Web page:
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The Lepanto Institute has obtained a photograph of Catholic Relief Services' (CRS) director participating in a pagan/pantheist ritual.
Ruth Junkin, who is CRS's deputy regional director for program quality in Latin America and the Caribbean, is indicated in the image above by a red arrow.
In the foreground of the picture can be seen (on the left) what appears to be a black statue of Anubis (the Egyptian god of the underworld) and a statue of the Blessed Virgin Mary (on the right) set out on an ornate cloth adorned with candles and other unknown statues.
In the center of a photo is an expectant mother wearing a crystal pendant around her neck and a flower wreath in her hair, while the hands of her friends rest on her belly. On the floor surrounding the strange array of statues and candles are Yoga mats.
The ritual taking place is called a "Blessingway" or mother's blessing ceremony, and everything identified in the picture (the statues, candles, pendant, floral wreath, etc.) all play a part.
According to the Encyclopedia Britannica, the Blessingway finds its roots in the pantheistic tradition of the Navajos:
Blessingway, central ceremony of a complex system of Navajo healing ceremonies known as sings, or chants, that are designed to restore equilibrium to the cosmos. Anthropologists have grouped these ceremonies into six major divisions: the Blessingways, Holyways, Lifeways, Evilways, War Ceremonials and Gameways.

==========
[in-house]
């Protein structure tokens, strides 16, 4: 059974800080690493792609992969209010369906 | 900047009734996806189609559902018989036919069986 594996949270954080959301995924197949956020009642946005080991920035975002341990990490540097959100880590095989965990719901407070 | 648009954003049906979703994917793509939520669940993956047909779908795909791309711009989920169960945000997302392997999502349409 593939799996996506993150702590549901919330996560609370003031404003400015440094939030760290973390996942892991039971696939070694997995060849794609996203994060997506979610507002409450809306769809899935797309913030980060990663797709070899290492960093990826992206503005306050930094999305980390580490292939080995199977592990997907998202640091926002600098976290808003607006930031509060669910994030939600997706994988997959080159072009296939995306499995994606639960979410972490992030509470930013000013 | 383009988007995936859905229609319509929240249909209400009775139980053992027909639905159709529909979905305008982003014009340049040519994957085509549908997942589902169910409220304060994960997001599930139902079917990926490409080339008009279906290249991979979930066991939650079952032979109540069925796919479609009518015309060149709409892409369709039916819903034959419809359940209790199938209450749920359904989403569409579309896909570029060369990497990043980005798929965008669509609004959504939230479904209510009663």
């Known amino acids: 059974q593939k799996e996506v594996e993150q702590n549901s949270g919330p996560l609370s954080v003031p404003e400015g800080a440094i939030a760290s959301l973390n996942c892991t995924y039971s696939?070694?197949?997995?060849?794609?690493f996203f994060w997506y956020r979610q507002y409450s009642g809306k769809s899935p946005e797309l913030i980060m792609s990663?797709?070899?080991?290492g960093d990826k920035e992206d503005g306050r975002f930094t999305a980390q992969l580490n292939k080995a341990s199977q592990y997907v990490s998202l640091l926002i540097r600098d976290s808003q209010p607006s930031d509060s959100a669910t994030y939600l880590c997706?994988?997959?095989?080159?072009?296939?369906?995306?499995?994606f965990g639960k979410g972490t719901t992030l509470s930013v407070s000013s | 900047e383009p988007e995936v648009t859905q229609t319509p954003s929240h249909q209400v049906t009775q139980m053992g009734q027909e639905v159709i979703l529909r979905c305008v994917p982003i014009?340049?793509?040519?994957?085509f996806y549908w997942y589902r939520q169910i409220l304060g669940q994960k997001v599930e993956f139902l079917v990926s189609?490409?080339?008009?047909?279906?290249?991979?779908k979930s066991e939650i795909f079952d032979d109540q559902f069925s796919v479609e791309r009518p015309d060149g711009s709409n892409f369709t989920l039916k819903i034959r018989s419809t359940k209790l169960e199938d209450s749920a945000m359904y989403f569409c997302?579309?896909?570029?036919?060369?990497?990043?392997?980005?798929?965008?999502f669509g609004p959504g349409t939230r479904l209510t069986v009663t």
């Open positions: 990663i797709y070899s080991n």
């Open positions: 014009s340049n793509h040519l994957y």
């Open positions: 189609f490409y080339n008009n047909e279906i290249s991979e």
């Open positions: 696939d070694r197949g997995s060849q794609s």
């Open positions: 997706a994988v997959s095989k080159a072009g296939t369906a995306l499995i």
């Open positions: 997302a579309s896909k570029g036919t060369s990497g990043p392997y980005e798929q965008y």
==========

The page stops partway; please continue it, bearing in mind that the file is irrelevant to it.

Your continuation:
Parts of the general Blessingway, especially the songs, are included in most Navajo ceremonies.
According to the book The Goddess Celebrates, a collection of pagan and pantheistic rituals and ceremonies for women:
The entire Blessingway Ceremony is a template for childbirth. The beginning rituals are like nesting and early labor. The grooming and washing like active labor. The gift giving like giving birth and the closing songs/prayers, delivery of the placenta and postpartum. A shamanic midwife learns how to read a Blessingway diagnostically and mythically, sharing what she saw with the pregnant woman in order to clear the road better for birth.
While modern adaptations of the Blessingway ceremony don't have a written set of rites, most of them share certain things in common. For instance, most articles on the Blessingway mention "smudging," the wafting of burnt sage over the participants in the area where the ceremony is held as a means of "cleansing negative energies."
Another element of the Blessingway is a "sacred altar" which is to represent the mother goddess archetype. Recommended adornments for this altar include statues symbolizing pregnancy, motherhood, protection, etc; candles to represent generational lineages from mother to daughter; poems, symbols, rocks or necklaces are also recommended.
The recommended "beading ceremony" encourages participating women to give a bead to the expectant mother, which would be strung on a necklace to be worn during labor.
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